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Transcript
Understanding Hinduism and Hindu Art
by Vidya Dehejia
Courtesy of Metropolitan Museum of Art
According to the Hindu view, there are four goals of life on earth, and each
human being should aspire to all four. Everyone should aim for dharma, or
righteous living; artha, or wealth acquired through the pursuit of a profession;
kama, or human and sexual love; and finally moksha, or spiritual salvation.
This holistic view is reflected as well in the artistic production of India.
Although a Hindu temple is dedicated to the glory of a deity and is aimed at
helping the devotee toward moksha, its walls might justifiably contain
sculptures that reflect the other three goals of life. It is in such a context that
we may best understand the many sensuous and apparently secular themes that
decorate the walls of Indian temples.
Hinduism is a religion that had no single founder, no single spokesman, no
single prophet. Its origins are mixed and complex. One strand can be traced
back to the sacred Sanskrit literature of the Aryans, the Vedas, which consist
of hymns in praise of deities who were often personifications of the natural
elements. Another strand drew on the beliefs prevalent among groups of
indigenous peoples, especially the faith in the power of the mother goddess
and in the efficacy of fertility symbols. Hinduism, in a form comparable to its
present-day expression, emerged at about the start of the Christian era, with an
emphasis on the supremacy of the god Vishnu, the god Shiva, and the goddess
Shakti (literally, "Power).
The pluralism evident in Hinduism, as well as its acceptance of the existence
of several deities, is often puzzling to non-Hindus. Hindus suggest that one
may view the Infinite as a diamond of innumerable facets. One or another
facet—be it Rama, Krishna, or Ganesha–may beckon an individual believer
Figure 1
with irresistible magnetism. By acknowledging the power of an individual facet and
worshiping it, the believer does not thereby deny the existence of other facets. On the
contrary, Hindus affirm the existence of many aspects of the Infinite and of varied paths
toward the ultimate goal.
Deities are frequently portrayed with multiple arms, especially when they are engaged in
combative acts of cosmic consequence that involve destroying powerful forces of evil
(figure 1). The multiplicity of arms emphasizes the immense power of the deity and his
or her ability to perform several feats at the same time. The Indian artist found this a
simple and an effective means of expressing the omnipresence and omnipotence of a
deity. Demons are frequently portrayed with multiple heads to indicate their superhuman
power. The occasional depiction of a deity with more than one head is generally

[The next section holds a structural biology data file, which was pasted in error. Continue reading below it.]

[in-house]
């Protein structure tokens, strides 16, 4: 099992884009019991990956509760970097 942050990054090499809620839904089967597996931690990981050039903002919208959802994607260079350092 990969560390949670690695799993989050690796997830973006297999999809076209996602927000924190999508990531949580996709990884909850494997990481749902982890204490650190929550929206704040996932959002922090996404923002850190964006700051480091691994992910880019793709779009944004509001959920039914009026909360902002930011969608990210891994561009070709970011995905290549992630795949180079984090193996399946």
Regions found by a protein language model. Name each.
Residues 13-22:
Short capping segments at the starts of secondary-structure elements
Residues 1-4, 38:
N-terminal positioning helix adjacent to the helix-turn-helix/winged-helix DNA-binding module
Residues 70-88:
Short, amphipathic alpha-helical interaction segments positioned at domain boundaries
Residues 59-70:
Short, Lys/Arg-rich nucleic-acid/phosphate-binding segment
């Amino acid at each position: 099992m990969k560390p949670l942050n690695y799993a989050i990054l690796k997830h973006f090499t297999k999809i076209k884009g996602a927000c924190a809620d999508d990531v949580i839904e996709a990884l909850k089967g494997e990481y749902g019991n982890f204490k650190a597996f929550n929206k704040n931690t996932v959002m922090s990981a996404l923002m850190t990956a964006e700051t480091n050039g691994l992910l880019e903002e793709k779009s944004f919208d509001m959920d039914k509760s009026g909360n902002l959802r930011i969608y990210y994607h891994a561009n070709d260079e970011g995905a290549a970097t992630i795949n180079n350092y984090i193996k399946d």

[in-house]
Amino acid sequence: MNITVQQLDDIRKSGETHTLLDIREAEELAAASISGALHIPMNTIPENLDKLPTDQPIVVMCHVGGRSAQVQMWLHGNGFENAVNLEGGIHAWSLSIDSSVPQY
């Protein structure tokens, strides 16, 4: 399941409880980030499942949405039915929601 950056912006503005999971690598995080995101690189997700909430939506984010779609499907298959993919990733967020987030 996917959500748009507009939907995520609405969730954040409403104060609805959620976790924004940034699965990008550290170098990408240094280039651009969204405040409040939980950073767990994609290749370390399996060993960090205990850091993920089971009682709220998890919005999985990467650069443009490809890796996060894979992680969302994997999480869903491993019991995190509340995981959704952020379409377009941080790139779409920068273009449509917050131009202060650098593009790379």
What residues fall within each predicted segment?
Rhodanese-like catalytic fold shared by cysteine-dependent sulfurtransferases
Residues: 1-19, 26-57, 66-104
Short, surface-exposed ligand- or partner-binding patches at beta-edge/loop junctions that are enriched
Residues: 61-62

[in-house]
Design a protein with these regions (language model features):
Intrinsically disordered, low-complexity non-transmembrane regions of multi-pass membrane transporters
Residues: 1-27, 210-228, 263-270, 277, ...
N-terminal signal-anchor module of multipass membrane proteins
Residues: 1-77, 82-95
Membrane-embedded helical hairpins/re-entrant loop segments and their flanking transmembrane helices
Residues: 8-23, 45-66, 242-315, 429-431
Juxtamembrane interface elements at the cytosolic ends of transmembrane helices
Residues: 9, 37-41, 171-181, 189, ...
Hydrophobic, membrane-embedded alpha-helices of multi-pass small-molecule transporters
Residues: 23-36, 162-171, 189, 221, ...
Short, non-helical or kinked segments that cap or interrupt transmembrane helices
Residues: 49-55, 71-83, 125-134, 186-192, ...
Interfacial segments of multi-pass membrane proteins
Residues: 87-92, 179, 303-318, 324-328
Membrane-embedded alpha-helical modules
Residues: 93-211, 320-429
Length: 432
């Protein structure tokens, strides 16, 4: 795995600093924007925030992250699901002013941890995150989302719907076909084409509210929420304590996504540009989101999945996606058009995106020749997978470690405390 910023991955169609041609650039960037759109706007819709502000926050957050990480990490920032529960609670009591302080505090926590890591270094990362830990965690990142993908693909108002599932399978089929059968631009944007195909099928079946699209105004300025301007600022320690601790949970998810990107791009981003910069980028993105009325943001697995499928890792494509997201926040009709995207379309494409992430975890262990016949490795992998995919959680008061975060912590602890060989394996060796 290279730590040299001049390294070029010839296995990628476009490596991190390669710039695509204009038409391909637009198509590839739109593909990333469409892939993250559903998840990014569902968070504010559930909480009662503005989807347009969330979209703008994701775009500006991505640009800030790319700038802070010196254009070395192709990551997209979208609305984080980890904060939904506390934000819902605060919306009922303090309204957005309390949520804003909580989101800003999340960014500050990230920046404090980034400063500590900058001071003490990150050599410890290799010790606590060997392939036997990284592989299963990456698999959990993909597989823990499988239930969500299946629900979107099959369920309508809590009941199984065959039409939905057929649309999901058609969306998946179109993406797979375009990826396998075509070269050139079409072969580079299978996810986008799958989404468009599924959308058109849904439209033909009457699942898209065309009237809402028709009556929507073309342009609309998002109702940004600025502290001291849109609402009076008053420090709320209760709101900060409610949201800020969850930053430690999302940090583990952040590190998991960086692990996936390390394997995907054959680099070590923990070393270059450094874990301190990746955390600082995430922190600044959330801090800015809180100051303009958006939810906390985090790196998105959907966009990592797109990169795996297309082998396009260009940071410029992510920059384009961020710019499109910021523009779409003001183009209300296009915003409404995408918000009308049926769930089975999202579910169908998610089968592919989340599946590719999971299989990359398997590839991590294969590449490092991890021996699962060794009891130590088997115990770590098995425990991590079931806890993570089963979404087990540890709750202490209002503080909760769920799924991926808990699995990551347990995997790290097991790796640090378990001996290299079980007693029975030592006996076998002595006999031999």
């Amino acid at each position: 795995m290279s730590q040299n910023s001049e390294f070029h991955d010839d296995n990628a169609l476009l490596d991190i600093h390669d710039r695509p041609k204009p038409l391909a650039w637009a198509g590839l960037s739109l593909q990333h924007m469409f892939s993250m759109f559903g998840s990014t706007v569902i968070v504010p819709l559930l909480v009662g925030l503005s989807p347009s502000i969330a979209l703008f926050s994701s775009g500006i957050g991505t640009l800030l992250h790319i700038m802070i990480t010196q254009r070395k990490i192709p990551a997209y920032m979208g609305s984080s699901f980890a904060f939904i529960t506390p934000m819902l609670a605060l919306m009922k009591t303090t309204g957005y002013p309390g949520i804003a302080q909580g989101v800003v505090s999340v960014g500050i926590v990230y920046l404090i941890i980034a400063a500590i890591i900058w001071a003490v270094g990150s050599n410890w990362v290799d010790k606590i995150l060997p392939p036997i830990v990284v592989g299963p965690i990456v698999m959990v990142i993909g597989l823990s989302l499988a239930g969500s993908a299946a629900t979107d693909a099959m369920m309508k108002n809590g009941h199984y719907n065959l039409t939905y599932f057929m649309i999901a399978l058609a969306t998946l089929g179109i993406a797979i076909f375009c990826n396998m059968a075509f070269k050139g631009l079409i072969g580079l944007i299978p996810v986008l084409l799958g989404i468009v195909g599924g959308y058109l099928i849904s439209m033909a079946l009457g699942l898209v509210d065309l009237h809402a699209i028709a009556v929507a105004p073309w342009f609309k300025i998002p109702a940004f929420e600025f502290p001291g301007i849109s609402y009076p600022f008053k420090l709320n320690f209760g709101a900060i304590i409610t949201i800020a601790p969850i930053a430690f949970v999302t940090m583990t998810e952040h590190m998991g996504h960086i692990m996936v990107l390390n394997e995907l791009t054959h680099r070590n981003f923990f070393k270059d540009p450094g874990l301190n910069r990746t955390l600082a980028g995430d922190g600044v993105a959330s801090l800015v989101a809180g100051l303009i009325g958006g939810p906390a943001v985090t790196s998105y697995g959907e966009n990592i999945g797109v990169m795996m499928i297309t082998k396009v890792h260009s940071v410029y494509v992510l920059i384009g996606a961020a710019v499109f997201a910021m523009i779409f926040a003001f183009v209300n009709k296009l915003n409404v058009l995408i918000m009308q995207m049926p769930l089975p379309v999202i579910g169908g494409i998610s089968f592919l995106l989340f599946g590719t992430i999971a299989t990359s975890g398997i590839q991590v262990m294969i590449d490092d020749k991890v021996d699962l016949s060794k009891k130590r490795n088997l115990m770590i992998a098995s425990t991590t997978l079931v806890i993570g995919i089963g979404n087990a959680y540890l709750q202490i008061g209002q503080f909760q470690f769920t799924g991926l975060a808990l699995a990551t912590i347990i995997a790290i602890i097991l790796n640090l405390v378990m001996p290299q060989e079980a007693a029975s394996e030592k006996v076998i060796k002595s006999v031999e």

motivated by the desire to portray varying aspects of the character of that deity (figure
2). Thus, when the god Shiva is portrayed with a triple head, the central face indicates
his essential character and the flanking faces depict his fierce and blissful aspects.
Figure 2
The Hindu Temple
Architecture and sculpture are inextricably linked in India. Thus,
if one speaks of Indian architecture without taking note of the
lavish sculptured decoration with which monuments are covered,
a partial and distorted picture is presented (figure 3). In the
Hindu temple, large niches in the three exterior walls of the
sanctum house sculpted images that portray various aspects of the
deity enshrined within. The sanctum image expresses the essence
of the deity. For instance, the niches of a temple dedicated to
Vishnu may portray his incarnations; those of a temple to Shiva,
his various combative feats; and those of a temple to the Great
Goddess, her battles with various demons. Regional variations
exist, too; in the eastern state of Orissa, for example, the niches
of a temple to Shiva customarily contain images of his family –
Figure 3
his consort, Parvati, and their sons, Ganesha, the god of
overcoming obstacles, and warlike Skanda.
The exterior of the halls and porch are also covered with
figural sculpture. A series of niches highlight events from the
mythology of the enshrined deity, and frequently a place is set aside
for a variety of other gods. In addition, temple walls feature
repeated bands of scroll-like foliage, images of women (figure 4),
and loving couples known as mithunas (figure 5). Signifying
growth, abundance, and prosperity, these were considered
auspicious motifs.
Recognizing the Gods
In India the aim of art was never to imitate nature or to create an
effect of illusionistic realism; rather, the attempt was to produce an
idealized form.
Sculptors did not model their images on living beings: whether it
was a god or a human being, a stylized ideal was created.